We at Delhi-Fun-Dos have always been for “Made in India” ethos long before it became a political statement. Be it Dastkar, Surajkund, Khadi or the humble mustard relish Kasundi, we have always celebrated the rich repertoire of Indian food, crafts and culture with swelling pride.
But a crafts fair in summer is somewhat unusual in Delhi NCR. So Ajeevika Mela, a handicrafts fair in mid April, one would expect to be some small initiative by local crafts groups. In view of the heat, the organisers had ensured that the fair was held in a fully air conditioned hall and in fact, the entry charges were waived as well.We learnt this was an event displaying goods produced by rural women and to respect their efforts, decided to attend.
When we reached Hall 18 of Pragati Maidan, one of the largest venues where foreign participants are consolidated during IITF, we were in for surprise. This was no small crafts mela, it was a wholesome event covering arts, crafts and several aspects of Indian culture.
At the entrance, there was a make shift stage where folk performances were being held. Here is a glimpse of the lovely Manipuri song dance number that we recorded.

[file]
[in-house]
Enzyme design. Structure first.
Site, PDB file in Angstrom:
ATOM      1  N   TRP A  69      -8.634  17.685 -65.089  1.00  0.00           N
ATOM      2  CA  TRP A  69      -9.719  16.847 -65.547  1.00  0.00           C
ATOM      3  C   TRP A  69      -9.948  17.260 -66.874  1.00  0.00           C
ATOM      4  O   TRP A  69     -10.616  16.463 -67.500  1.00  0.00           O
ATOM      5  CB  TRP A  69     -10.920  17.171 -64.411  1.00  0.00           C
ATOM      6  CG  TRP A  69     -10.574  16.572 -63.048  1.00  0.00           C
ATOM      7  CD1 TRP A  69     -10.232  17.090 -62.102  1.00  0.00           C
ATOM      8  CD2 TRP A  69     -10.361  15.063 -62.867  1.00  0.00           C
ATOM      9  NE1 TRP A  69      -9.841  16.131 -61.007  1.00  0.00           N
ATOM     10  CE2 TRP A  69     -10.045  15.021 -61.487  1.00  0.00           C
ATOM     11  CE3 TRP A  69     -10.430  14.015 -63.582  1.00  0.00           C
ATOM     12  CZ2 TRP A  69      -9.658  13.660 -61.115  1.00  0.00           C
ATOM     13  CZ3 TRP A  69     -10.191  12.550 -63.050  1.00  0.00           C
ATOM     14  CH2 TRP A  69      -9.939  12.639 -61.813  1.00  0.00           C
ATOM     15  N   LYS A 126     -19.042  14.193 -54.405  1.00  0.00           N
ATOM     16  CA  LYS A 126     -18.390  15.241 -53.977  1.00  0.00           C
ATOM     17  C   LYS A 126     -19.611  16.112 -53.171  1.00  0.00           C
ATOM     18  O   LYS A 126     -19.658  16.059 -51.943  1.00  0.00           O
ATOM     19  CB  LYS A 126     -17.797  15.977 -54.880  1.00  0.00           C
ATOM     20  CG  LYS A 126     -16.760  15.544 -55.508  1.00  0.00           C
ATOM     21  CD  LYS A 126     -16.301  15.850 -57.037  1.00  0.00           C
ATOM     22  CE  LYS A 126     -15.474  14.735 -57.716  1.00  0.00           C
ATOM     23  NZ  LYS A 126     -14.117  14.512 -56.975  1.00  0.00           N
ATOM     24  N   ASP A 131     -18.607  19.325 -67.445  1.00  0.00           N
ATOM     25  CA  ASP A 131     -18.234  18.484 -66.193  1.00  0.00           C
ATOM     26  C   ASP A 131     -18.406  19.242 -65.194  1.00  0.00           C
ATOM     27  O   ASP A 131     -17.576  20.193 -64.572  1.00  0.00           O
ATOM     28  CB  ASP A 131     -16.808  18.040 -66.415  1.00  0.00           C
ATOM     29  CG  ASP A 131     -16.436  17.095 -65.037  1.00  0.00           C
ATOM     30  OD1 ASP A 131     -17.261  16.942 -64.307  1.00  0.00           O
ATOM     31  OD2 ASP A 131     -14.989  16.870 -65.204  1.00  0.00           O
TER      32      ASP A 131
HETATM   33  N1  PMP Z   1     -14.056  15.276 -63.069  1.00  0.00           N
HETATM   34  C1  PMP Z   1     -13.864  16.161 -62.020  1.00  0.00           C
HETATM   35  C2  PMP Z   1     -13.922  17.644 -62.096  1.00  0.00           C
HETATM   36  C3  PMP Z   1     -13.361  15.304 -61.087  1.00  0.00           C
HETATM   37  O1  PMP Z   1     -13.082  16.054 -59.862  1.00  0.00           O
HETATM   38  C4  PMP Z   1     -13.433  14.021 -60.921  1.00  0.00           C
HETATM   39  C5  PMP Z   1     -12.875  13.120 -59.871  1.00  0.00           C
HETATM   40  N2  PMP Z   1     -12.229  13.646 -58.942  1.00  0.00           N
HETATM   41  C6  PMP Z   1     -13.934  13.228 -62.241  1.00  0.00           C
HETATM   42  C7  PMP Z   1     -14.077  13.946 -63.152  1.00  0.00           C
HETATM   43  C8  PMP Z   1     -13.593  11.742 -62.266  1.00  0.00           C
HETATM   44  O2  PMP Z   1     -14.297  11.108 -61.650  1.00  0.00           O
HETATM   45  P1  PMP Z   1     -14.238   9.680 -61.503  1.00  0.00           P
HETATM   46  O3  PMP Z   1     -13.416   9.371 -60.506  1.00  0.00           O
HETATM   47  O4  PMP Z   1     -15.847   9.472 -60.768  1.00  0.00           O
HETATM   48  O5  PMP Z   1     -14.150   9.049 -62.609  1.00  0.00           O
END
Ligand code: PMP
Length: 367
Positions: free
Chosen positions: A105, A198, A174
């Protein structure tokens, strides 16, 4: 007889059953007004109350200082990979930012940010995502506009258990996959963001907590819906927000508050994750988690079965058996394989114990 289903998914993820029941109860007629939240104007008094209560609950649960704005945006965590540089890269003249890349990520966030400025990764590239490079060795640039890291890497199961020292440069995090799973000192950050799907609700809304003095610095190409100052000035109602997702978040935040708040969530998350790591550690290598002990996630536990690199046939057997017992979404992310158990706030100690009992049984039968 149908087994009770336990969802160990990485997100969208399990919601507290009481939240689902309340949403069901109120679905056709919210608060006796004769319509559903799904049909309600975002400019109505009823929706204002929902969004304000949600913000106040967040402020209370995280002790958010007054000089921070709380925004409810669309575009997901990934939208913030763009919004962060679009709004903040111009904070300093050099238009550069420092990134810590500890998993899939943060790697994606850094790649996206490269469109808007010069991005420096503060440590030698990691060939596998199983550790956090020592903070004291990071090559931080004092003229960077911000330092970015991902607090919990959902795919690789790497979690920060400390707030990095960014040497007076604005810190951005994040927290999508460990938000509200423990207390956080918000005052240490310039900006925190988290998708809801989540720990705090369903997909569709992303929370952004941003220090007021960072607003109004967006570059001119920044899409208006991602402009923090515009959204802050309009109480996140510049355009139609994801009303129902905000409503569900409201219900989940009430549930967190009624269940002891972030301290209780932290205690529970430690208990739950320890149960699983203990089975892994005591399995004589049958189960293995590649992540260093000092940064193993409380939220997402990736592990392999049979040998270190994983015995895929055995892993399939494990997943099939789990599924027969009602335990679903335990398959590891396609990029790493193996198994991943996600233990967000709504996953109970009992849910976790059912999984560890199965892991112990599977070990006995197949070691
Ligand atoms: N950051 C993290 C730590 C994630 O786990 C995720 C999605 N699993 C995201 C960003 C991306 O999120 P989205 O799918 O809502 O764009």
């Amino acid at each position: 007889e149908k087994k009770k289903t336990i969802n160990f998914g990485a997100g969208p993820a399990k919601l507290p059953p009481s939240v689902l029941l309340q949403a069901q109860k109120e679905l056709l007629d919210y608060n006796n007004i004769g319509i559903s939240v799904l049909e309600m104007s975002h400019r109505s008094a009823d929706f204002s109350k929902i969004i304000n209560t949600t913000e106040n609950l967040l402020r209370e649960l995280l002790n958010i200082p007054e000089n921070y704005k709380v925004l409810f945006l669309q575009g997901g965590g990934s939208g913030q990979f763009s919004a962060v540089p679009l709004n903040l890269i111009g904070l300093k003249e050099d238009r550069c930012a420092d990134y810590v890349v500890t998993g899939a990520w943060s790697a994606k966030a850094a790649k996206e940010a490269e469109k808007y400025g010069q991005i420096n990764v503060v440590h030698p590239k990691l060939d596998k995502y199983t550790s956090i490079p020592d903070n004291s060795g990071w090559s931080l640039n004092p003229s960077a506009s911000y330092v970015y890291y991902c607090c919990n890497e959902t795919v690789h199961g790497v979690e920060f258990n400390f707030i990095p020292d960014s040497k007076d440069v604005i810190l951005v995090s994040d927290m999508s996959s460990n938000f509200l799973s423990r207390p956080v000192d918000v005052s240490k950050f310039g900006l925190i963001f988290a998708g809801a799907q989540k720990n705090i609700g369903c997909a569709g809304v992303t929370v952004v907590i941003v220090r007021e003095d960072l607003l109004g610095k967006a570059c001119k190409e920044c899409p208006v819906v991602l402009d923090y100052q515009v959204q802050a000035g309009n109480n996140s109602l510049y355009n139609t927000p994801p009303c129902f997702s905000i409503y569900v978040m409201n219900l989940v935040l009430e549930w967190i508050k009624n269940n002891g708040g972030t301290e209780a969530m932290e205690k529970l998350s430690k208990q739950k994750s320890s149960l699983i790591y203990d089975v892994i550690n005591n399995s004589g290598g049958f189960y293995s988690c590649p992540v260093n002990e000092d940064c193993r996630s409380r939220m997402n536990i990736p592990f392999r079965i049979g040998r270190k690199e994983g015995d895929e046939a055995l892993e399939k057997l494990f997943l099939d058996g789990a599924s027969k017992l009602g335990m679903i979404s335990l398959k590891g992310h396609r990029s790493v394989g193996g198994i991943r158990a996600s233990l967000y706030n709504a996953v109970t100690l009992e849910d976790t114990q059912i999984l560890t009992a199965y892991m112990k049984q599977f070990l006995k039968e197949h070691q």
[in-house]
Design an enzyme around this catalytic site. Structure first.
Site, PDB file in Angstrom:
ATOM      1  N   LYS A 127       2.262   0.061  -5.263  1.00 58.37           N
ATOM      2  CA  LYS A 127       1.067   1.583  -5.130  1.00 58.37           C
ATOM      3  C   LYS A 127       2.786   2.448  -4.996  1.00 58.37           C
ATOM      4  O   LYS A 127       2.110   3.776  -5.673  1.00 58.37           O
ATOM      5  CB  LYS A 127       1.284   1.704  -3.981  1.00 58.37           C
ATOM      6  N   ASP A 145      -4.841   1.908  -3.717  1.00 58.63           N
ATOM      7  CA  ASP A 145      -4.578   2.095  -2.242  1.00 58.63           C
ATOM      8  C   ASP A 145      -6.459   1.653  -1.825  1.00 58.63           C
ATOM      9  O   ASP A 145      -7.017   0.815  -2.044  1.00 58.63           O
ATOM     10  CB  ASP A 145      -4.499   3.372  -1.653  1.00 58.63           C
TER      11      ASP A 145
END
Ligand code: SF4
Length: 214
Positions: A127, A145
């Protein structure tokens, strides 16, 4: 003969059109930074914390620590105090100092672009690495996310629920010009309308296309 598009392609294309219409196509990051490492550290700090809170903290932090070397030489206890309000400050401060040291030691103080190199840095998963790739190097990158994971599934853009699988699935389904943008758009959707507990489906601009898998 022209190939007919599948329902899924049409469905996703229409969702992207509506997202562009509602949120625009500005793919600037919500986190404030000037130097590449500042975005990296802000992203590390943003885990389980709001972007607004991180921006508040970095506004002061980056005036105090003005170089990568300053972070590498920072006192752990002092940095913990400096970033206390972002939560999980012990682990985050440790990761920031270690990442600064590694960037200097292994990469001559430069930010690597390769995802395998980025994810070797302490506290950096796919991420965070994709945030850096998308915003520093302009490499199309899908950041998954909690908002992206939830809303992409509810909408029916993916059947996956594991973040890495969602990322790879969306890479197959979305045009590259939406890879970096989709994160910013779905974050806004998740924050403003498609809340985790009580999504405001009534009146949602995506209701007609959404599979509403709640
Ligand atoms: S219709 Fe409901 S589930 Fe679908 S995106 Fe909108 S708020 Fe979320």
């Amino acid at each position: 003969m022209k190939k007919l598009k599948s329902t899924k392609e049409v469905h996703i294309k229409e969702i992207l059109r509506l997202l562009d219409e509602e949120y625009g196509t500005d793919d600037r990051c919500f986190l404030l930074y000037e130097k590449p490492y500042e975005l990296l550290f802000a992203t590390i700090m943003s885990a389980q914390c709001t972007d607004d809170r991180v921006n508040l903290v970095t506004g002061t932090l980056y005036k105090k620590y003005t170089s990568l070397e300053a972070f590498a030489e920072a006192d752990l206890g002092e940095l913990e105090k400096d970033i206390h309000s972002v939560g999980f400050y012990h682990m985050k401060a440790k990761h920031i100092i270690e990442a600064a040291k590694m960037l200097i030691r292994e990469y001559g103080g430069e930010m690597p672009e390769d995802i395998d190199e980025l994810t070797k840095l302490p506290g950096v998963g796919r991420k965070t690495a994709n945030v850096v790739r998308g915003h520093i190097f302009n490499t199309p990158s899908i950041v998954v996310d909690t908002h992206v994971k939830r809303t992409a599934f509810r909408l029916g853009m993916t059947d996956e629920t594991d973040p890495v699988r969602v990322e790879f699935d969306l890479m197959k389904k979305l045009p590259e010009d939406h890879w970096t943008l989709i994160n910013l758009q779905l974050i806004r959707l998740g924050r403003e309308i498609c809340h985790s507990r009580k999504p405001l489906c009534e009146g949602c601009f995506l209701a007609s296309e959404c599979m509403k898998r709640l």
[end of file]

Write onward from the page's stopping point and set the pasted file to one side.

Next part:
The basement, ground and first floors of Hall 18 are huge and they were choc-a-bloc with stalls in all possible directions. From organic spices to pure, handwoven wool, cotton and silk, turmeric to natural soap, bags, saris, shoes, walnuts, pickles and condiments and a wide range of other things were available at very reasonable prices. The touch of the artisan’s hand could almost be felt in every product. Sitting in Delhi, one could get items from far south like a special rectangle fry pan for tossing dosa or aamshotto – aam papad sun dried in rural Bengal or colourful lacquer bangles from Madhubani in Bihar. Everything was very reasonably priced and we were humbled by the simplicity of the crafts people who were directly selling their ware.
Jeevika means livelihood and the Ajeevika Mela was another eye opener into the rich world of small scale industries from household to co-operative levels in villages all over India. A glimpse of this fair:
We salute our rural crafts sector for making our lives in cities prettier and tastier and look forward to the next edition of Ajeevika Mela.